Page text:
If you’re a business venturing into the world of social media, it can be confusing. Should you be formal or friendly? Update frequently or cautiously? Talk about yourself or your business? Advertise or not? Can you joke?
Here are a few quick pointers for those starting to use social media for their business.
5 Things To Do
- Update frequently
- Be human
- Make new connections
The first thing to know about social media is that it’s 2-way. You can’t treat it like an advert or a press release if you want to see results. Your customers and potential customers are on social media – chatting. Treat social media sites like a conversation at a party – join in, but listen before you speak. Get to know what the topic is, and what people’s opinions are. There’s much less chance of making a gaffe.
Don’t be the wallflower at the party. At some point you have to join the conversation. If someone reaches out to you (other than the inevitable few spammers), then reply. It’s only polite. If there’s an interesting topic going on, join in. Feel free to make a joke (but see #5 in the Things Not To Do). No-one will hear what you have to say unless you say it.
The right frequency depends on a complex mix – the site (Twitter is frequent, Facebook less so), what you have to say, your audience, your feedback, and what you want to achieve. But while it’s hard to give an exact formula for how often to update, it’s generally fairly easy to get right if you’ve followed steps #1 and #2. Who is popular on the site (businesses not celebrities, different rules apply for celebs). How often do they update? And watch for feedback – are you gaining or losing followers when you change your update frequency?
Social media is – again – a conversation. Don’t issue press releases and expect anyone to be interested. Be a person, someone that people want to talk to. Speak engagingly, offer opinions, join in conversations and memes (popular topics). Have fun and help others to.
You never know who might be useful. You never know who might be interesting. Avoid being too targetted in your connections – this isn’t like direct mail where you’re trying to narrow down your list as tightly as possible. Be prepared to talk to people who are interested whoever they may be (except a few strange spammers), and follow people who interest you as well as people who might be useful. Think of it as a party not a networking event, and relax a bit.
5 Things Not To Do
- DON’T Sell
- DON’T Broadcast without receiving
- DON’T Speak in corporate-speak
- DON’T Spam
- DON’T Say something really stupid or rude
If you’re a business using social media, of course you want sales. But the people on social media aren’t shopping, they’re chatting, and if you start out trying to sell straight away you’ll be as popular as a double glazing salesman breaking into a cheerful gossip session. Sure, you’re looking for sales – but social media gives you a chance at a much bigger prize – to get your customers to like you and want to give you business. So concentrate on being likeable and/or interesting first.
There are many, many people on Twitter who are sending out frequent, interesting tidbits on Twitter, and getting no followers. Why? Because they’re on broadcast only. Without a two-way interaction, you won’t get anyone really engaged with you and wanting to know more about you. You know what they say – the most interesting person at the party is the one who wants to talk about you. Also, you can pick up some great info about what people actually want, without paying a fortune for market research and customer satisfaction surveys.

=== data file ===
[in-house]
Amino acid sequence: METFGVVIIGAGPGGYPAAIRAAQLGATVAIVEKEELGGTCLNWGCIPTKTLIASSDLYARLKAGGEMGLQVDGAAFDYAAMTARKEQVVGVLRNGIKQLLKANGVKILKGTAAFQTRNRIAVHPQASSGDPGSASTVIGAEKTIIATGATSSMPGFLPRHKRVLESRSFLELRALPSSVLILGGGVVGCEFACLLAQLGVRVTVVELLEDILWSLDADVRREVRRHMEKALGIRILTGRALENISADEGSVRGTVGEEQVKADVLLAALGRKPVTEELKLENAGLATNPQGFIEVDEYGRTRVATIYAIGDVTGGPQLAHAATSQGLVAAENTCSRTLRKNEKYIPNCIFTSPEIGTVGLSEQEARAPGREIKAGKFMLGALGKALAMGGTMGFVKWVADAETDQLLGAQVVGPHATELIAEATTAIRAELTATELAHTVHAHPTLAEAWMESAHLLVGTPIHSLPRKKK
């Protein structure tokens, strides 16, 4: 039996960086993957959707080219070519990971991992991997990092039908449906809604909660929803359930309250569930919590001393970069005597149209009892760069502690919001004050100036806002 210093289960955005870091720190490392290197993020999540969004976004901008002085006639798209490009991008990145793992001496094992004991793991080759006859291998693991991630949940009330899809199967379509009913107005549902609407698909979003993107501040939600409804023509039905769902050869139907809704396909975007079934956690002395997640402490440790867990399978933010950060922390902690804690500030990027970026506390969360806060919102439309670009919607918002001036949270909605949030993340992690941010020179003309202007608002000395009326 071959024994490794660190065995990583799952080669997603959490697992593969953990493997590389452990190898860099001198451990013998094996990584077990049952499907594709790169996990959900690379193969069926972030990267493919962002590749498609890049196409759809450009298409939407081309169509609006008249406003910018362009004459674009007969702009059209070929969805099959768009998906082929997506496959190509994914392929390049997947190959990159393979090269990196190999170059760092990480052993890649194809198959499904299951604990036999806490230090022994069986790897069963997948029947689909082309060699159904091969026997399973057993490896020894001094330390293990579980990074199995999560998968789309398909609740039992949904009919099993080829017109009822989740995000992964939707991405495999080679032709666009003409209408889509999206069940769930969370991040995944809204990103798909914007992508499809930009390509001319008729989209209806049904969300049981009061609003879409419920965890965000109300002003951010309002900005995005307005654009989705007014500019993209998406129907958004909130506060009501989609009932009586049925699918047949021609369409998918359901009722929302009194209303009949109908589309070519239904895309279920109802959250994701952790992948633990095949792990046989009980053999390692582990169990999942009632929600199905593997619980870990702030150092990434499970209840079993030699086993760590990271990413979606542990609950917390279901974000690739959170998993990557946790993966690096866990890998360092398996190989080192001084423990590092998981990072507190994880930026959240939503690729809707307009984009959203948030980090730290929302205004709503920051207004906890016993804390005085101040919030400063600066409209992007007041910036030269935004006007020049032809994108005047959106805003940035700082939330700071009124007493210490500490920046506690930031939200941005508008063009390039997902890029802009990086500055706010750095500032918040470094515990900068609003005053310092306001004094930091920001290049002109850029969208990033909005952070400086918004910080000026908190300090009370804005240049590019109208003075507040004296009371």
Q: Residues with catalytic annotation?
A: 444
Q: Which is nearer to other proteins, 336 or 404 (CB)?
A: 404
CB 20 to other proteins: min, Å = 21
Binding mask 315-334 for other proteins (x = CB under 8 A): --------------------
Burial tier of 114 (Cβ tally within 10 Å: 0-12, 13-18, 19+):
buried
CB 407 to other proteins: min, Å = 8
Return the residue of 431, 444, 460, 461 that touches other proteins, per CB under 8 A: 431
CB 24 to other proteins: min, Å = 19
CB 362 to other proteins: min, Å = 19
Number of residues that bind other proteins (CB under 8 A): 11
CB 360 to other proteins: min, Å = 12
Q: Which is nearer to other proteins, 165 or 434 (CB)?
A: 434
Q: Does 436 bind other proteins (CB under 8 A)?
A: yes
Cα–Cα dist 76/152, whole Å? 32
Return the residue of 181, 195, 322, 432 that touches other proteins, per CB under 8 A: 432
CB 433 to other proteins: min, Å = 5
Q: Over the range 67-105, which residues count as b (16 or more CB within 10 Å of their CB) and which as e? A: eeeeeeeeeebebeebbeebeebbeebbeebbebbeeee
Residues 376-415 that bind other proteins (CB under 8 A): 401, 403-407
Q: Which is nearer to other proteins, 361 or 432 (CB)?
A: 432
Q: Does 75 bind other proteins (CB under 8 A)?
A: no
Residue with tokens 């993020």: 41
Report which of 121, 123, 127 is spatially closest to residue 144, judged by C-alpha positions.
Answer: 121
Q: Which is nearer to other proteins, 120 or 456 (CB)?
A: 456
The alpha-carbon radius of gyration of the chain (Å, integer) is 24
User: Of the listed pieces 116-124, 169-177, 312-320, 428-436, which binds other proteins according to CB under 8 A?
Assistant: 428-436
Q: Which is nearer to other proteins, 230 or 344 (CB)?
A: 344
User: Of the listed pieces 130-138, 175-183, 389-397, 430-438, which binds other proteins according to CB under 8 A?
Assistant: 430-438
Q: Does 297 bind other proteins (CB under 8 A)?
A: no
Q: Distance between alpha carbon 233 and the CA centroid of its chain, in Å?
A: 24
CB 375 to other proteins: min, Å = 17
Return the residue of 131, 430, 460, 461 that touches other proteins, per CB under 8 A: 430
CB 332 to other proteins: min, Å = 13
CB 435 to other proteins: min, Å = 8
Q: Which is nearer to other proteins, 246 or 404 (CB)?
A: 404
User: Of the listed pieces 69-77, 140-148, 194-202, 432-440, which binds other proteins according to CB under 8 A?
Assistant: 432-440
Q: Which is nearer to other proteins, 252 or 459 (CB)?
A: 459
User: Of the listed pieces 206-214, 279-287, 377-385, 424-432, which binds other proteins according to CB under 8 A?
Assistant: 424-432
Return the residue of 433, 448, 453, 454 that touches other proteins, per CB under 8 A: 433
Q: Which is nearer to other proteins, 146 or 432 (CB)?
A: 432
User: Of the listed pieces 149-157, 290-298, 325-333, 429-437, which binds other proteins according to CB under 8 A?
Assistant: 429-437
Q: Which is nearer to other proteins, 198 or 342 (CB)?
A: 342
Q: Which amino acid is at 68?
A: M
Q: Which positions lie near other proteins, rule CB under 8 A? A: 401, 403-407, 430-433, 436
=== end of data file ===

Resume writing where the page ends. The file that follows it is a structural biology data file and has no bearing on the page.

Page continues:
I’ve said this a lot already, but let’s say it again. People are on social media to relax, talk to friends, find out about things they’re interested in, chat, catch up on news/gossip. They’re not reading a business journal, doing academic research (or if they are, they’re not potential customers anyway). They will be interested in you if you’re someone they can relate to. You might be cool, interesting, exciting, likeable – but don’t be corporate, cliched or stilted. You won’t win any friends.
There are spammers on social media sites. Don’t be one of them. Don’t send unsolicited sales messages to people who aren’t following you.
There are also legitimate businesses who don’t realise they’re annoying their customers, but who update far too frequently. Get the frequency right, and watch for feedback. If you’re losing followers or getting complaints, cut your updates. Better to have occasional updates which are being read than frequent updates which are turned off.
We’ve all heard the horror stories about people who’ve made stupid gaffes. Don’t forget that you’re using Twitter to promote your business, and anything you say reflects on your business. Be human, but don’t be an ass. Act like the host at a party, and avoid saying anything that might alienate your guests. And be wary of jokes – social media lacks context, and I guarantee that if you make an ironic comment, at least 10% of the readers will think you meant it. Flag jokes clearly, and avoid joking about controversial topics – save those jokes for your friends.
If you follow these rules, you should be well on the way to a great experience using social media for your business. And having some fun along the way.